"Afro Blue" was the jam-crux of the first set. Ravi Coltrane's solo was assured—Like His Father, elegant histrionics are a forte—but it felt somewhat cursory and a mite truncated also. The real fireworks were left to Derek and to Living Colour skin beater Will Calhoun, bookending his March 11 appearance in Butch's stead by playing, again on "Afro Blue," opposite another legendary Coltrane drummer. It had been Roy Haynes the first go-round; this time it was Jimmy Cobb, making his second onstage appearance with the ABB.

And of course there was Ron Holloway, who's logged so much time now with both the ABB and its family bands he deserves some sort of honorary membership merit badge. He'd return at the end of the show, but after the "Blue" guests departed met the thick R&B of "The Weight" head-on. Scorching, greasy sax is the former Dizzy Gillespie sideman's raison d'etre.

After a long wait for the back half of the show, Butch Trucks stepped to the mic to announce John Hammond, to whom the band yielded the stage entirely for "My Mind is Rambling." The cheerful, virtuosic Hammond—one of the vanguard interpreters of acoustic blues and a friend of Duane Allman's—was a fun addition, and he was quick to praise his hosts as Derek stepped up on acoustic slide (it had been Warren on Saturday night) to help out on "Stone Pony Blues." The full band then grouped in for a sizzling "Shake for Me," which, like "The Weight" (and Hammond) has Duane-related significance and has proven a well-chosen repertoire addition during the run.

Then, a narsty little surprise: a dirty, dirty "Spoonful" breakout, with Warren playing up the raunch and splitting vocals with both Hammond and Allman, who got a roar of approval when he offered up the song's last verse. Fans who live by the pre-ABB version recorded on the "Dreams" box set got theirs, in other words, and there was more guitar-as-religion from Haynes, who brought the house down with his solo, and the blatty, buoyant brilliance of another perennial guest, the great trombonist Dick Griffin, appearing at stage left next to Oteil.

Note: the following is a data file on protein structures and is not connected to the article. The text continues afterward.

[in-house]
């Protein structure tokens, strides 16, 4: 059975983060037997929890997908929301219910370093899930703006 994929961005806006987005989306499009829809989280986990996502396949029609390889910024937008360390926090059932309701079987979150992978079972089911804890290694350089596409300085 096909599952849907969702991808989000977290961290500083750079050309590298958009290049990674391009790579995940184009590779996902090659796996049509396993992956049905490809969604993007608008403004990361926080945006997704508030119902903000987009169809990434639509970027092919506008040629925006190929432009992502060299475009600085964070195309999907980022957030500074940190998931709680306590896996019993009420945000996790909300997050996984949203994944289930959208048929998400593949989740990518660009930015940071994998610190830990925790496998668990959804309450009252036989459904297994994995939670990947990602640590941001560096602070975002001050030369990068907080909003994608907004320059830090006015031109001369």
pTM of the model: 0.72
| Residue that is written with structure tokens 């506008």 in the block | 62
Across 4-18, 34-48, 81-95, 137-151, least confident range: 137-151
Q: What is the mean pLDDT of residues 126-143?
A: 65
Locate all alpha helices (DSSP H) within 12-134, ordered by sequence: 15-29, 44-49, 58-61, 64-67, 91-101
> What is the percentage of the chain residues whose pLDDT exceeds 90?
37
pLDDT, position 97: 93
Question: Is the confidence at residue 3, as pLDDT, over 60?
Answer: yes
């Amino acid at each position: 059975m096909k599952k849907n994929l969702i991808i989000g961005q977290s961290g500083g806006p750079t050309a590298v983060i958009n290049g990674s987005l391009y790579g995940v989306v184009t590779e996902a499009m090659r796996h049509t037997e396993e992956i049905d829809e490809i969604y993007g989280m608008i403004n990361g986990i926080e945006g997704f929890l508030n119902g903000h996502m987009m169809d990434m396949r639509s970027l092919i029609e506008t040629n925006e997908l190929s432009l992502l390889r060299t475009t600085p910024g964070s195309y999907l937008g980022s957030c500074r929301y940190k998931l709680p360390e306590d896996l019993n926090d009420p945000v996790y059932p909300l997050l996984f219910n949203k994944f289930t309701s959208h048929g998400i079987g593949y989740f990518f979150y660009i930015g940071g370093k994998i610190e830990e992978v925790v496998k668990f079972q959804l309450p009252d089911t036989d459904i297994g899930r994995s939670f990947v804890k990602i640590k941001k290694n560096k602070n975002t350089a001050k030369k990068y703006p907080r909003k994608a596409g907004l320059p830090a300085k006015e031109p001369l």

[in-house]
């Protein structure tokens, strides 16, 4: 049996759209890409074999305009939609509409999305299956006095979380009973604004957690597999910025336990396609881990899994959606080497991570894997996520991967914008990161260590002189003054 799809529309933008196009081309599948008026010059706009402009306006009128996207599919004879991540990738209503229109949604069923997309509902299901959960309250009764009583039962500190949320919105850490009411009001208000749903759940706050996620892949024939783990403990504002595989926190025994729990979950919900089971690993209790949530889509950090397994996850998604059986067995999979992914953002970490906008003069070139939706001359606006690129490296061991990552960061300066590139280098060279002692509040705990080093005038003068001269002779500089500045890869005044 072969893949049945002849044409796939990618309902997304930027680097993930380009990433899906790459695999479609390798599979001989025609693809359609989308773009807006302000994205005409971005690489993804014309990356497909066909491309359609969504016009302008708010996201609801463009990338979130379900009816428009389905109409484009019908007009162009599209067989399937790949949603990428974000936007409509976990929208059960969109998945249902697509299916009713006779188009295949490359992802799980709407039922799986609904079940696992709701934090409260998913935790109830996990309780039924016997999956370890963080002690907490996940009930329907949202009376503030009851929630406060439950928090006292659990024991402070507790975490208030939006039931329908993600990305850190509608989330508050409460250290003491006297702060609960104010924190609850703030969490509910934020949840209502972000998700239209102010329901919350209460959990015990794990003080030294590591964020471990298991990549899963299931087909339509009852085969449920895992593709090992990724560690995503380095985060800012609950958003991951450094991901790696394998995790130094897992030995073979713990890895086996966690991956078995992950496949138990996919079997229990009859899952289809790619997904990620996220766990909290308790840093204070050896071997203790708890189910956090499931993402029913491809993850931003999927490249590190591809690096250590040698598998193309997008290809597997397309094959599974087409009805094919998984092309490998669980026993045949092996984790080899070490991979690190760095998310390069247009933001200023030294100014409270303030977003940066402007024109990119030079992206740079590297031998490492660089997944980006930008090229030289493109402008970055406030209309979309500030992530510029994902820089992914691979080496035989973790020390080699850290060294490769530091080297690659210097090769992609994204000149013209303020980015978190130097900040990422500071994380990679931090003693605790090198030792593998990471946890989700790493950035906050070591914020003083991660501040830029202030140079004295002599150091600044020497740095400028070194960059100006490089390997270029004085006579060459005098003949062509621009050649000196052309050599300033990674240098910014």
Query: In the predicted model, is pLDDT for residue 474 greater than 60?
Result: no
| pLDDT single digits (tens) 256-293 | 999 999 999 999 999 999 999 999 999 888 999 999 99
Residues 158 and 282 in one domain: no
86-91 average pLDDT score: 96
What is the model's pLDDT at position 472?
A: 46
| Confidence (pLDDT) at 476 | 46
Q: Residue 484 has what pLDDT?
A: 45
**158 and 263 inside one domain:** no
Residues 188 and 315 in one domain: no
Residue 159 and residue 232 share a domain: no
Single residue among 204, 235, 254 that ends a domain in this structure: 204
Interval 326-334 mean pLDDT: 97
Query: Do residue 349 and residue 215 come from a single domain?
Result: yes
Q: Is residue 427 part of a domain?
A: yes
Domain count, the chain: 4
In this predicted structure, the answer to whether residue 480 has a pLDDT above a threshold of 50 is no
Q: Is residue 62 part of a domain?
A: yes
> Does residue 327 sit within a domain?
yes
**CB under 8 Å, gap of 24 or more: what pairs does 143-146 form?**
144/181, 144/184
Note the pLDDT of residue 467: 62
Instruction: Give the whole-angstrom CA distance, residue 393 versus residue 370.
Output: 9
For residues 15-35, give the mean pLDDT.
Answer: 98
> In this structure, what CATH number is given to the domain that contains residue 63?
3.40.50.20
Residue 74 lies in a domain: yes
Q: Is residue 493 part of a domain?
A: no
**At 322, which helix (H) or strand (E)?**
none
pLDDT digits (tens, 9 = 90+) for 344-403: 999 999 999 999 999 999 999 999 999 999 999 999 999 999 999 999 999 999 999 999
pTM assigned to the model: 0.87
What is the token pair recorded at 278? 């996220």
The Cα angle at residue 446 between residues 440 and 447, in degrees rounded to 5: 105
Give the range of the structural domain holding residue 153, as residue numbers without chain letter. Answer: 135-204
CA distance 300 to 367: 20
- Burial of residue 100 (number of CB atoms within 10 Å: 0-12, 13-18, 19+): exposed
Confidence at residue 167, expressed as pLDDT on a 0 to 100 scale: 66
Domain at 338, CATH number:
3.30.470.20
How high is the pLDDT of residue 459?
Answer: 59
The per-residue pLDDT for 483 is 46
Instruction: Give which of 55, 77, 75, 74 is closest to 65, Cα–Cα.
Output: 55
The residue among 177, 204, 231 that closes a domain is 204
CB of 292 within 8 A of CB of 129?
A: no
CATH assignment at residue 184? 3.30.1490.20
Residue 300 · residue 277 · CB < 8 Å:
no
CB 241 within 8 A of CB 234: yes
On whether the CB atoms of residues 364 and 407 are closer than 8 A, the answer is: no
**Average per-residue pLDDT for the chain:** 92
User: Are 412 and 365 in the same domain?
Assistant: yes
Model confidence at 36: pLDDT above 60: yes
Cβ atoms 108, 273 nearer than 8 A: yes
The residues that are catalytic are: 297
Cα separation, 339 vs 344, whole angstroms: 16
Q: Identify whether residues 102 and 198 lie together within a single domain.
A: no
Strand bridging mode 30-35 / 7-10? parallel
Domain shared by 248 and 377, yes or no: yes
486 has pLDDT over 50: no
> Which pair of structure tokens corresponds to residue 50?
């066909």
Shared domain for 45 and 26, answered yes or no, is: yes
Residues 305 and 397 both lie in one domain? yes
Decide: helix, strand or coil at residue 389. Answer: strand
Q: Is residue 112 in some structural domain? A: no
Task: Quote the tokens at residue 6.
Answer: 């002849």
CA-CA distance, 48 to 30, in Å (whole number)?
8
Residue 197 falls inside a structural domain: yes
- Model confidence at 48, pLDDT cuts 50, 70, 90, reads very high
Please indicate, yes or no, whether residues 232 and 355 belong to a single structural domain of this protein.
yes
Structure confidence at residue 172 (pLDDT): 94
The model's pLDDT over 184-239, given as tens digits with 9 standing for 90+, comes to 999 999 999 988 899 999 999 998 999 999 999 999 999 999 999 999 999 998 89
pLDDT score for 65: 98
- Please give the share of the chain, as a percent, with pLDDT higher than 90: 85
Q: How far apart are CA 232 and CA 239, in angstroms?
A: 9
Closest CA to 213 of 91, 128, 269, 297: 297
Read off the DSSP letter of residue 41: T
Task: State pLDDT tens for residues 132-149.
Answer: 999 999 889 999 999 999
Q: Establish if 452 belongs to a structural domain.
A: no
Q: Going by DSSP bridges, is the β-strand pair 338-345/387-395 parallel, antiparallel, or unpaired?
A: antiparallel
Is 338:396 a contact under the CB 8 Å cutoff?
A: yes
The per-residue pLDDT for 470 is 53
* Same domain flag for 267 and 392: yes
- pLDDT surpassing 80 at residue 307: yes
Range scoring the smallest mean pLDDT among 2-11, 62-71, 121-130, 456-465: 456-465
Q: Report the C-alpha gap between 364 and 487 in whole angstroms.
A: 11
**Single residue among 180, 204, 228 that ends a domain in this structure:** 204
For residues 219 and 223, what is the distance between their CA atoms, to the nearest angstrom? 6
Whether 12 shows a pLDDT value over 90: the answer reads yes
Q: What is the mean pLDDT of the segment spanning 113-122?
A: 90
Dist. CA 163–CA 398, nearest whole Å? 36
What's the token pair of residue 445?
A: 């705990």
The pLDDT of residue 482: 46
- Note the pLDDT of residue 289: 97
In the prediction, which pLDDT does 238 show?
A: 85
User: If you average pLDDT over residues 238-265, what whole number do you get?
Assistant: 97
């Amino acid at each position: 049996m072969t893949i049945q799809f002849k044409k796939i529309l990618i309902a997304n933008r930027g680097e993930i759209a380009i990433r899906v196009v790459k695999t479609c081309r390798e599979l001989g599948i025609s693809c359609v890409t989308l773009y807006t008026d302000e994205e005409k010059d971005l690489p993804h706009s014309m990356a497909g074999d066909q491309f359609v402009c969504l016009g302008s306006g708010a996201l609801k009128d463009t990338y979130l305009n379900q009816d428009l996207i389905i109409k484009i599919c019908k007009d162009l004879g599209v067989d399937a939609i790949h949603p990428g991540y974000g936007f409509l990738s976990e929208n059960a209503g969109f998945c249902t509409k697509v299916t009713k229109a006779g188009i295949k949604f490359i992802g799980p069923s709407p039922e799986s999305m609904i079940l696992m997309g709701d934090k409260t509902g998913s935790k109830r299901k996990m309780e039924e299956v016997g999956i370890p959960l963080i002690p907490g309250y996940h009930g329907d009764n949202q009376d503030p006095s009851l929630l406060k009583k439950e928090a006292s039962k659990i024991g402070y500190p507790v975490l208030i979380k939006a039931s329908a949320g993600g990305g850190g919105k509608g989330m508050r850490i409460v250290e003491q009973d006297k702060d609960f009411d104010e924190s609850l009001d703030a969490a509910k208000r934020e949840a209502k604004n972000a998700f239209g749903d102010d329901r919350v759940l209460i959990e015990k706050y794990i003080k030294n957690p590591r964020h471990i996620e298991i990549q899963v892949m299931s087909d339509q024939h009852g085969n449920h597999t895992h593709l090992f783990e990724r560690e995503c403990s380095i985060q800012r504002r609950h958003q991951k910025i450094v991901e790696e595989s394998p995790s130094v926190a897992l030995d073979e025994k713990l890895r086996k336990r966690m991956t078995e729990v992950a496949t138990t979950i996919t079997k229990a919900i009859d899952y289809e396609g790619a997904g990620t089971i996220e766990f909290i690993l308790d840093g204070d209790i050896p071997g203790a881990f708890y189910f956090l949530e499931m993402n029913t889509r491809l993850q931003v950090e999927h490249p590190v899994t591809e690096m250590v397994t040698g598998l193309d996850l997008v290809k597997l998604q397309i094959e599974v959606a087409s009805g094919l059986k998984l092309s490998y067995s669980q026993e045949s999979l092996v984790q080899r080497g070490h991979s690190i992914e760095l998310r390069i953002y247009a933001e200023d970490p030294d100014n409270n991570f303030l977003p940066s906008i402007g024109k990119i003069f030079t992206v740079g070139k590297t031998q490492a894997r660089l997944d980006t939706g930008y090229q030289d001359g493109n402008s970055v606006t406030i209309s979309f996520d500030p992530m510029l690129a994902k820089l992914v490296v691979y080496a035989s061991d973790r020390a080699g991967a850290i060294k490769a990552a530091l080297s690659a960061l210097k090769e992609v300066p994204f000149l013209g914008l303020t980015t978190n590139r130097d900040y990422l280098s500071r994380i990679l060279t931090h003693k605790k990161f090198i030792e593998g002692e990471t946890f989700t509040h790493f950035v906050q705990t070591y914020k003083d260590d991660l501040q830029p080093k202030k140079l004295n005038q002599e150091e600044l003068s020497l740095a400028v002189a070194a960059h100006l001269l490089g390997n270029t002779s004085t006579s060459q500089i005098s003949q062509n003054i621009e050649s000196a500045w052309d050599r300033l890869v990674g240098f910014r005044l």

As the home stretch unfolded, "Melissa" was as sweet as ever, even for the third night in a row, and a dark, thick-spread "Dreams" gave way to "In Memory of Elizabeth Reed," that most elastic of Allman Brothers concert warhorses.

Unlike say, "Mountain Jam," which is more a coagulation of ideas and a shifting jam-blob, "Liz Reed" is a serpent: many musical markers that prompt crowd anticipation, including the opening drop into the intro from the three-beat drum hit; the precipice look-and-leap into the fiery, almost Latin boogie the song becomes; the stepped progression that each guitarist uses to signal the end of his improvisational tear; the recalibrating "one-two-threeeee…one-two-three" at the close of Gregg's keyboard solo.

It's similar to "Whipping Post" in those types of aural cues, but because its an instrumental can expand to as long as the band sees fit (drums in the middle of "Whipping," by comparison, would sap all of that song's throttle), and encompass lots of shifting tones and musical textures. "Liz Reed" might be where Derek does his most consistently galvanizing work—his excursion tonight was a coarse, swarthy mindbender of note flurries and bent tones—and it was what lingered, even with typical excellence from Warren and Holloway and an above average thrilling, if typically overlong drums breakdown.

And at last, the "Whipping Post" benediction as encore: rumbling to life, Oteil and the drummers locked in a pulsating, wicked groove as Allman had at the vocals. For Derek, "Whipping Post" seems as of late to become a grand playground for blazing distortion and fuzz-bomb madness, but it was Warren's statelier, no less intense solo that owned it, and it was the crowd's to savor, as another year at the Beacon came to an end.

The founding members of the Allman Brothers Band are gettin' on in years, and the question of exactly how long the band can remain intact is one that can't really be ignored anymore. But then again, seeing Gregg Allman stand up behind his organ, salute the crowd and holler "Same time, next year!" might have created enough of a frisson to outdo any song played that night.